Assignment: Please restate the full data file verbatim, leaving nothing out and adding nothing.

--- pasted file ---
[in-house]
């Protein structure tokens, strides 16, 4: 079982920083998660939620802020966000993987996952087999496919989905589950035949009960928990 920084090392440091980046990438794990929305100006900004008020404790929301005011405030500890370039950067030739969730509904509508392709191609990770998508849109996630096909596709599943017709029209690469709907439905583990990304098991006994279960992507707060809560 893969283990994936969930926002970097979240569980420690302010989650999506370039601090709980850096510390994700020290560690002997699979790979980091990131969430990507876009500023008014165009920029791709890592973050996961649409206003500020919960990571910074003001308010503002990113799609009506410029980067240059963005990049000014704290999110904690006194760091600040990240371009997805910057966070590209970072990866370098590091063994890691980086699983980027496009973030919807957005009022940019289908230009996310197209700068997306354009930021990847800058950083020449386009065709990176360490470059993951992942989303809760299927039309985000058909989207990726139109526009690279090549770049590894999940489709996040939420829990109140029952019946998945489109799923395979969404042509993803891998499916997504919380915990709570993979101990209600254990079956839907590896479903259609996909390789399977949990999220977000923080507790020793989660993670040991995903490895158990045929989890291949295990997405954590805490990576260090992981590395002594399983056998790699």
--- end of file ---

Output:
[in-house]
């Protein structure tokens, strides 16, 4: 079982920083998660939620802020966000993987996952087999496919989905589950035949009960928990 920084090392440091980046990438794990929305100006900004008020404790929301005011405030500890370039950067030739969730509904509508392709191609990770998508849109996630096909596709599943017709029209690469709907439905583990990304098991006994279960992507707060809560 893969283990994936969930926002970097979240569980420690302010989650999506370039601090709980850096510390994700020290560690002997699979790979980091990131969430990507876009500023008014165009920029791709890592973050996961649409206003500020919960990571910074003001308010503002990113799609009506410029980067240059963005990049000014704290999110904690006194760091600040990240371009997805910057966070590209970072990866370098590091063994890691980086699983980027496009973030919807957005009022940019289908230009996310197209700068997306354009930021990847800058950083020449386009065709990176360490470059993951992942989303809760299927039309985000058909989207990726139109526009690279090549770049590894999940489709996040939420829990109140029952019946998945489109799923395979969404042509993803891998499916997504919380915990709570993979101990209600254990079956839907590896479903259609996909390789399977949990999220977000923080507790020793989660993670040991995903490895158990045929989890291949295990997405954590805490990576260090992981590395002594399983056998790699």